Kebbell says you can have a lead role with the support of your co-stars. “It really was close-knit,” said the actor. “I have great support from great actors.”
“It requires enormous leaps of imagination and the ability to put yourself out there,” said Kazinsky. “To do things that would otherwise feel silly but to feel comfortable enough to do them.” He added Jones had created a set that was safe for the cast to play in, and an environment where the cast can put down their ego and go fully for it on such things like casting spells. “You have to rely on each other, you have to trust each other and it created a camaraderie that I haven’t come across before in any movie. It’s that collaboration that allowed us to be free and trust each other, and to not treat this film like Willow but to treat it something worthy of that.”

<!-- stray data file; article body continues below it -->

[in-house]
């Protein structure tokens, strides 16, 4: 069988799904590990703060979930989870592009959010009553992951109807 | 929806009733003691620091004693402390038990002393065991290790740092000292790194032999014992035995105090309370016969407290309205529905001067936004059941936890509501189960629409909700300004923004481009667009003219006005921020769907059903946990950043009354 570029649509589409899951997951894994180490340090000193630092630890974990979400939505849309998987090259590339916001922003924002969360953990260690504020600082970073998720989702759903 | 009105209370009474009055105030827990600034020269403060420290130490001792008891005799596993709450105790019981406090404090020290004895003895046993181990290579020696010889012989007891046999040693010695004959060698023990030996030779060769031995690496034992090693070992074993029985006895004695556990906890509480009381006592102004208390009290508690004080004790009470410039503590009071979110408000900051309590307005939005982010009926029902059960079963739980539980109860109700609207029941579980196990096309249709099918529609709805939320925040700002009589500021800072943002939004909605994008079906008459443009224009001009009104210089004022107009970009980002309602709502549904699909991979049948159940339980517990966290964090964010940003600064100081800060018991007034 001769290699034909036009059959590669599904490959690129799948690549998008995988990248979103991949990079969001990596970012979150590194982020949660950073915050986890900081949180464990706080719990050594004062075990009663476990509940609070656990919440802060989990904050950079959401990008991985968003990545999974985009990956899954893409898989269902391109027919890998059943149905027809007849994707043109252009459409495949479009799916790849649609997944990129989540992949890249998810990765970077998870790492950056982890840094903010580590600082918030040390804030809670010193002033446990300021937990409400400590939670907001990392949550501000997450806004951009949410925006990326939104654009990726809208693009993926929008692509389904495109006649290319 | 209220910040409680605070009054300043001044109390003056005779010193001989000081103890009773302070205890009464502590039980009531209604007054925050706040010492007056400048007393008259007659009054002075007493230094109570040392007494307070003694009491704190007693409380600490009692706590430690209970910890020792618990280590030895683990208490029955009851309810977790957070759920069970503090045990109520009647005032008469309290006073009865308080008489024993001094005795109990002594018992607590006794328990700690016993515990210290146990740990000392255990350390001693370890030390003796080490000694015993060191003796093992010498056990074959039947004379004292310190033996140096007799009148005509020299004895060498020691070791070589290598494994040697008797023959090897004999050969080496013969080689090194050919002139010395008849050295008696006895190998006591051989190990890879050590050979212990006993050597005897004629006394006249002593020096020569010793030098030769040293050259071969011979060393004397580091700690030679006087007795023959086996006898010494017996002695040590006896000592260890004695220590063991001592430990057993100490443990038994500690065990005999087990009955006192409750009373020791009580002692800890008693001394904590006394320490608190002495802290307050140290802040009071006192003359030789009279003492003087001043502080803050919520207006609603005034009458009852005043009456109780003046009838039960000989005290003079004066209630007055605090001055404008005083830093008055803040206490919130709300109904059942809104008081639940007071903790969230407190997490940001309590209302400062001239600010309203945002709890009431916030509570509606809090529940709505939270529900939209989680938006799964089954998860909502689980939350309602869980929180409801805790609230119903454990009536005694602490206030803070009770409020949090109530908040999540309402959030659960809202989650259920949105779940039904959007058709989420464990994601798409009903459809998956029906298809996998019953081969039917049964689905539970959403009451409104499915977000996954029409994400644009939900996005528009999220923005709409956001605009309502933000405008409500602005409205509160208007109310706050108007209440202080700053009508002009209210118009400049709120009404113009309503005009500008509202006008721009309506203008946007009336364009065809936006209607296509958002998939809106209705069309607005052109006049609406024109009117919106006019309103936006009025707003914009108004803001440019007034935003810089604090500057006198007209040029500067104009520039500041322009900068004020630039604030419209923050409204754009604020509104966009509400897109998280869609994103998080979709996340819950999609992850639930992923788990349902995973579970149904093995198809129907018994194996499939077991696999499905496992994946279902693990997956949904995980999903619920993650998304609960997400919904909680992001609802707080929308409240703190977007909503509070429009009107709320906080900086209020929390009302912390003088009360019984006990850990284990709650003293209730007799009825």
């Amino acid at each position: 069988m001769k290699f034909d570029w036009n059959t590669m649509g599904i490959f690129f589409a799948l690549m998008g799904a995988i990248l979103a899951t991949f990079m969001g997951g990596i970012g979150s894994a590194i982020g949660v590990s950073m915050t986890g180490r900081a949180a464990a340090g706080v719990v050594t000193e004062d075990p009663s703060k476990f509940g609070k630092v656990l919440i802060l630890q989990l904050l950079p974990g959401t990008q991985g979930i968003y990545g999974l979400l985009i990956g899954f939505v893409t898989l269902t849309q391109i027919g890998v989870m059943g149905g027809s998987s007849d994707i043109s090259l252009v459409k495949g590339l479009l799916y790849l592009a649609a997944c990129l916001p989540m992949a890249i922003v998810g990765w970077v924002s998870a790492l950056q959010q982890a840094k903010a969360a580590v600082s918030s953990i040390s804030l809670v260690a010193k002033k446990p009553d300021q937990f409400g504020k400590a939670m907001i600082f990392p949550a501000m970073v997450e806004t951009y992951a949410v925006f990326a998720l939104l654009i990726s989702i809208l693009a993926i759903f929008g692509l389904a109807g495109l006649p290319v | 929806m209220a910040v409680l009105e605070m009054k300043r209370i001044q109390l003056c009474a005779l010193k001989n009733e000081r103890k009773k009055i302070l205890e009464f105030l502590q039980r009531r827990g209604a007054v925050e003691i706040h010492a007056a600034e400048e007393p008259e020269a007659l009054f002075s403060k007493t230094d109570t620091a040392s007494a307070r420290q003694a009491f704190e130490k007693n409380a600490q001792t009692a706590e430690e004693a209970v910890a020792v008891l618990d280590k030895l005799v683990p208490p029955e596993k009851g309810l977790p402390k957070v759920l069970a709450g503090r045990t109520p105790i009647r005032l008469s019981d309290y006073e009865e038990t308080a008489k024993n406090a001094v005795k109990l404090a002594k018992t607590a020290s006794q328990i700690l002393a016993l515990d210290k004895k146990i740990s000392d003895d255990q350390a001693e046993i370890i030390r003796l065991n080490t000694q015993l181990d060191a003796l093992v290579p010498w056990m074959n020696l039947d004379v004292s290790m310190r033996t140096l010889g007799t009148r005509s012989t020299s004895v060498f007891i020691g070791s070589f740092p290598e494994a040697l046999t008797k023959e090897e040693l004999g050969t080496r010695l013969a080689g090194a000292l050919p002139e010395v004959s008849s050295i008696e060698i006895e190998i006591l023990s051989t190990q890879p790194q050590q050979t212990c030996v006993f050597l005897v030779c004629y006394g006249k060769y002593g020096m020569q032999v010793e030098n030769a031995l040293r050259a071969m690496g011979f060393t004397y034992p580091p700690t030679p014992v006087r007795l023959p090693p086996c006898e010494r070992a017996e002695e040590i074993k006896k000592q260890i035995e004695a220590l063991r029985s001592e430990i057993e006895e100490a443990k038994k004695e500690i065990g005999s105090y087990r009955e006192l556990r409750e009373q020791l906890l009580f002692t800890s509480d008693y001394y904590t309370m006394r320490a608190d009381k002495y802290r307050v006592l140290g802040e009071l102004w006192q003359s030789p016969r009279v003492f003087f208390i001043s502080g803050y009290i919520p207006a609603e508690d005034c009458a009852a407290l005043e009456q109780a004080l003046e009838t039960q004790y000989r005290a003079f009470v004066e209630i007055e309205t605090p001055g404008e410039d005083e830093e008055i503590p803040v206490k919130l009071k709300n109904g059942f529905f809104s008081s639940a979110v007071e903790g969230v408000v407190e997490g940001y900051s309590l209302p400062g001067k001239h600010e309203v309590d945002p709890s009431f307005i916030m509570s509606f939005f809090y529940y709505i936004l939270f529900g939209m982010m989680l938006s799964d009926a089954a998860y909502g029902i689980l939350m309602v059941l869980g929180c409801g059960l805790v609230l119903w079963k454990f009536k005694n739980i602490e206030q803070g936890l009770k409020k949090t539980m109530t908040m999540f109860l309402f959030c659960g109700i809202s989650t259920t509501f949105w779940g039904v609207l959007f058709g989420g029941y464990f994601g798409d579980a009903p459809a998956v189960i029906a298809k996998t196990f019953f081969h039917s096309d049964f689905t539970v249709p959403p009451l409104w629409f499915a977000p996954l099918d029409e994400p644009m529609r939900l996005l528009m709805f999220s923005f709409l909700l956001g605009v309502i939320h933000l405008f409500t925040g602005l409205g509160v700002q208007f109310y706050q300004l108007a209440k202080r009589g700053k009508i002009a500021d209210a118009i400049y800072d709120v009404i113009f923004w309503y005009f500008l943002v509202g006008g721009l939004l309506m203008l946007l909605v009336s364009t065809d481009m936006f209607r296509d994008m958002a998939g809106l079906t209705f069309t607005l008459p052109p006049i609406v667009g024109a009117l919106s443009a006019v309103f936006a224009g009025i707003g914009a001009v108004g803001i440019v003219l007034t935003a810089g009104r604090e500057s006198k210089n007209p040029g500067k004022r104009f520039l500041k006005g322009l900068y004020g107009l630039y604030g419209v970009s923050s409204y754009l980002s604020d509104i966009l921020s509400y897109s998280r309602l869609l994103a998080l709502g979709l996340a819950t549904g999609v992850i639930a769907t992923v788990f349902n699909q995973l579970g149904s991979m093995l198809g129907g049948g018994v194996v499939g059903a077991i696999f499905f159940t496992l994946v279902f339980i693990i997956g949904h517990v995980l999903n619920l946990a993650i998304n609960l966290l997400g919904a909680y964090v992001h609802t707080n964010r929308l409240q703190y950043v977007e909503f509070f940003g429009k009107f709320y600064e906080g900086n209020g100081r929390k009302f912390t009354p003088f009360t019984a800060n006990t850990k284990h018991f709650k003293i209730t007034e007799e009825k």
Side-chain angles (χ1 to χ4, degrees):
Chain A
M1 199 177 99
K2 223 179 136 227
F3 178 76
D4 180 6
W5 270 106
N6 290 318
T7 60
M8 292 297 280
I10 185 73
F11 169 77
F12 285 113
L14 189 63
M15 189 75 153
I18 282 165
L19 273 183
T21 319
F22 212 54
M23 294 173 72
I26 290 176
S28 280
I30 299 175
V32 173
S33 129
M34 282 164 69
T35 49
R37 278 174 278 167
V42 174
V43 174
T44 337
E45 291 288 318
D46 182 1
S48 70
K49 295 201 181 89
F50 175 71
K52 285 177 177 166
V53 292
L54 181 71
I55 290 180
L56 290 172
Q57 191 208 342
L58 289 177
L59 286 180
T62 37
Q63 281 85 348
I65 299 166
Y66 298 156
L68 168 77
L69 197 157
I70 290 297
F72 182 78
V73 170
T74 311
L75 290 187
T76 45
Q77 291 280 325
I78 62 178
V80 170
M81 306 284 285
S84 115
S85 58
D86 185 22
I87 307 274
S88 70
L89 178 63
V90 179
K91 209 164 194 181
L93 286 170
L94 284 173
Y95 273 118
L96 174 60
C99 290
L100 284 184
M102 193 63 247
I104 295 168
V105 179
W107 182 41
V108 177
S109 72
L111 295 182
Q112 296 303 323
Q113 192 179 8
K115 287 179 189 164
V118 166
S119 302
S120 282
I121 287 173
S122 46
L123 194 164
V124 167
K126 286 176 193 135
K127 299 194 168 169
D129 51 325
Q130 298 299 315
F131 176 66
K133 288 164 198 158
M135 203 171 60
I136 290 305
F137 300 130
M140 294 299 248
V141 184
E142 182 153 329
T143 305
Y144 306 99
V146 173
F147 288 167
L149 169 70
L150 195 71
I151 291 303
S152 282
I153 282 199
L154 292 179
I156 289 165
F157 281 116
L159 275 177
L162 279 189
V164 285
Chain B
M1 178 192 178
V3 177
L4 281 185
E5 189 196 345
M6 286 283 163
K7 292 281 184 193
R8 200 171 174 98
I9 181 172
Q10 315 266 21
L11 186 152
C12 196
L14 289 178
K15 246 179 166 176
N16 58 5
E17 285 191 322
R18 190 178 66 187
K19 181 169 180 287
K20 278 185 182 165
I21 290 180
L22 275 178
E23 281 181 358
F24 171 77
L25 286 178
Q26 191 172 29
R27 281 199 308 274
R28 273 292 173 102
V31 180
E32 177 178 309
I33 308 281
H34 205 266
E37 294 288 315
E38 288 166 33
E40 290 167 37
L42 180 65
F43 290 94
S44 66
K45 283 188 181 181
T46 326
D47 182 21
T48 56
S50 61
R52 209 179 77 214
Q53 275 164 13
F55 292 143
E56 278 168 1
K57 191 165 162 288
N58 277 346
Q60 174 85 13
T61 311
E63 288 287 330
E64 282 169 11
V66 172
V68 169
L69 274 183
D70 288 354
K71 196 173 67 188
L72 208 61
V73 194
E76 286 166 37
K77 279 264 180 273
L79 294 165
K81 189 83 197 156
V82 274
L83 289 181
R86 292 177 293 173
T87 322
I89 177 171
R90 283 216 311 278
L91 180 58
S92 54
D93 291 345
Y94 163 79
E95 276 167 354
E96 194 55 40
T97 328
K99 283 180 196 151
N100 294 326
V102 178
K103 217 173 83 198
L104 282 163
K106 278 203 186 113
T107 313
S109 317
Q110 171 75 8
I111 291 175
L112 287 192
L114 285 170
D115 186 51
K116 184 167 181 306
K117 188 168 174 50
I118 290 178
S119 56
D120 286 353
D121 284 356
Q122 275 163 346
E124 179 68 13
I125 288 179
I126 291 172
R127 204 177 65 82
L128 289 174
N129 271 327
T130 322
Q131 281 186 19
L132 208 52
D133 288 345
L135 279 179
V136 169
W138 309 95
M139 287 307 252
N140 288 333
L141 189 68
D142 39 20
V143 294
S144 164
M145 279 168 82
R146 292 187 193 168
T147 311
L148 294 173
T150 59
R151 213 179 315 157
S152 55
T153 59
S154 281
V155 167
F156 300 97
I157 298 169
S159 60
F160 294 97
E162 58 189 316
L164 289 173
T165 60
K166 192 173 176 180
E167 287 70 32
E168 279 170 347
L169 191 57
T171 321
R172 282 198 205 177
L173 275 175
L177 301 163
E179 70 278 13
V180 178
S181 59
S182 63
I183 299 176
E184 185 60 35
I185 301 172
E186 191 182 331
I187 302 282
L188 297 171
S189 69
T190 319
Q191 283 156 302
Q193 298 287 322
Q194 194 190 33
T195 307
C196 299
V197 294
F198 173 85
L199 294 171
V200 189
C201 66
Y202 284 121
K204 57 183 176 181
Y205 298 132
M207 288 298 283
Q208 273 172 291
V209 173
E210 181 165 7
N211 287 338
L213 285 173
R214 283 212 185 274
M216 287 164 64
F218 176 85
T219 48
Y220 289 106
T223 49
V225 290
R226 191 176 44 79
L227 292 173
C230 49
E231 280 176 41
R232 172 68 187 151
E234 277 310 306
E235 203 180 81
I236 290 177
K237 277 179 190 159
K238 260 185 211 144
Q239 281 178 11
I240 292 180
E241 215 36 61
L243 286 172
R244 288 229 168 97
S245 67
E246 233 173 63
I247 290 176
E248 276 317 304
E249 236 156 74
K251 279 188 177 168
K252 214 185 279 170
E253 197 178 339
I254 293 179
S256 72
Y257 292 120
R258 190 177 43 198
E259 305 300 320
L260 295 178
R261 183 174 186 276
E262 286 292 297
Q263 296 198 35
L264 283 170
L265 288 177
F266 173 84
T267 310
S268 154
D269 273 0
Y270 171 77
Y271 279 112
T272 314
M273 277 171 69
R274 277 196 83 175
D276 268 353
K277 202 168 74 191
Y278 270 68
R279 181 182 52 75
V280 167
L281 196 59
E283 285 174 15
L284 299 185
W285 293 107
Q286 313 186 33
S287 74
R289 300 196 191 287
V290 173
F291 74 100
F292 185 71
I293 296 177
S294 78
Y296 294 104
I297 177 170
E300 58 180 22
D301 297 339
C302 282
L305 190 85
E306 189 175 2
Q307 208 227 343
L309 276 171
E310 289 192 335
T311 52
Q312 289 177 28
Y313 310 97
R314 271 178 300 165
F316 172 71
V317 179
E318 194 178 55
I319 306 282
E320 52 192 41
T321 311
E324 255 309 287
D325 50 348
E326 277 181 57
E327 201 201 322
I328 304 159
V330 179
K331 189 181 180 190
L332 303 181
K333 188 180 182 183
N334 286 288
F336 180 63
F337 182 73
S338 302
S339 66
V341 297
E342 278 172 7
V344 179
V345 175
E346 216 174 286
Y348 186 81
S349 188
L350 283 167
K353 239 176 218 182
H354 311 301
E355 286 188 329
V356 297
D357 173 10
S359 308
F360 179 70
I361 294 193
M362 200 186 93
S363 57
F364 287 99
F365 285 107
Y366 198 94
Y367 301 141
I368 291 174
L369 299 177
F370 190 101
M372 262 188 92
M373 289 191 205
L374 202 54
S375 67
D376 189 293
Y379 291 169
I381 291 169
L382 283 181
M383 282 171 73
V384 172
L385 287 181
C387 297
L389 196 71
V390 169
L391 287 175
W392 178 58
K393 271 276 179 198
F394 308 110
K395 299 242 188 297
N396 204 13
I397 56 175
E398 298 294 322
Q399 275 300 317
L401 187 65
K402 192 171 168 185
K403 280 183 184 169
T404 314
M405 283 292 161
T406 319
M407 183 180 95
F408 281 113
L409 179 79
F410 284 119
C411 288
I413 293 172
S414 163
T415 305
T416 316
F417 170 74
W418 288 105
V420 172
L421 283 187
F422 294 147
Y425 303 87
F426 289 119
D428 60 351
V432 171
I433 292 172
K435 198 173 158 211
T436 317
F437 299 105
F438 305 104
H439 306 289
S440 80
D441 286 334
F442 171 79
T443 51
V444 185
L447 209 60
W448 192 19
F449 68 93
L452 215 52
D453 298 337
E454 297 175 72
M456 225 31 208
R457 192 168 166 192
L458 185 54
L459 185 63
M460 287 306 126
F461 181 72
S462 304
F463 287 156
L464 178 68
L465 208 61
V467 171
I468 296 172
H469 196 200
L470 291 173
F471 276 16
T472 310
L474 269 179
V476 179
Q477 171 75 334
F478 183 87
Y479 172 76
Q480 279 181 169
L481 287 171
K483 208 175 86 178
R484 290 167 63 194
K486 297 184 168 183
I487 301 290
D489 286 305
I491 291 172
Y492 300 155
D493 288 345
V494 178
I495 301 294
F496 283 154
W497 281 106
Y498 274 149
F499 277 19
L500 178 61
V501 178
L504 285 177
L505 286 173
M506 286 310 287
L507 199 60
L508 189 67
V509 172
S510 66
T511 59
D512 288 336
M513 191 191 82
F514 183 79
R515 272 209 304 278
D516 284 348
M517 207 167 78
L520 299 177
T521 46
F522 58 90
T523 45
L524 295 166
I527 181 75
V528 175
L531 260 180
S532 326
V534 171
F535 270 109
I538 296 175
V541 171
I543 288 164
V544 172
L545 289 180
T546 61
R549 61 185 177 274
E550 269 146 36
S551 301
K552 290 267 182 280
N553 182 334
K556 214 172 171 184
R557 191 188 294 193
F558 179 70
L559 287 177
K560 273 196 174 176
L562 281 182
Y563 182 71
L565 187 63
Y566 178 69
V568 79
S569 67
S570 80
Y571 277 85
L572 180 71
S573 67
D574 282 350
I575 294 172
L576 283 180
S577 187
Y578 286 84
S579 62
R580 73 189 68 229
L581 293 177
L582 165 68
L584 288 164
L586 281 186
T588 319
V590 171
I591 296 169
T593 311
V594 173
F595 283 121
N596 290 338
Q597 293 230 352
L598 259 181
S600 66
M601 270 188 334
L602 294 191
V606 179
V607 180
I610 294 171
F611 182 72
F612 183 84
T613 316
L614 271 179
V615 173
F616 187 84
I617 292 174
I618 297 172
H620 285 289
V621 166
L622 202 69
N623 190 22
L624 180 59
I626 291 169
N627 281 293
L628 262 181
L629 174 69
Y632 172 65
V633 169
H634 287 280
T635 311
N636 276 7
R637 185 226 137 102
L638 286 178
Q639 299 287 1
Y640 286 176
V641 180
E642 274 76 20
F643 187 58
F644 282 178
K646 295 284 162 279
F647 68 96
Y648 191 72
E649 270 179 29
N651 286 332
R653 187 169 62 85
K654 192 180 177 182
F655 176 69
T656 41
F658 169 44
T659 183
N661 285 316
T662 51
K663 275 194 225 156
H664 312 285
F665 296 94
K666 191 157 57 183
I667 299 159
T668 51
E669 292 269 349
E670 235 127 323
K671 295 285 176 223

Schnetzer said the whole experience of casting a spell was a trip. “I think what Rob touched on about these leaps of faith had to make when your working on something that has so much left up to the work that gets done in post-production,” said the actor. “But it is a leap I think we were all very willing to make because you are in such safe great hands with Duncan, with the team at ILM, with Bill Westenhofer, with all the effects guys. When you’re working with a team that is so game that is so on board, it can feel weird sometimes to pretend to cast a magic spell when there is 200 crew members around waiting for lunch. It was an easy leap to make. You just realize very quickly that the more you throw yourself into it, the better you are going to serve the story and the better you are going to serve your teammates. Ben Foster was just a killer to work with.”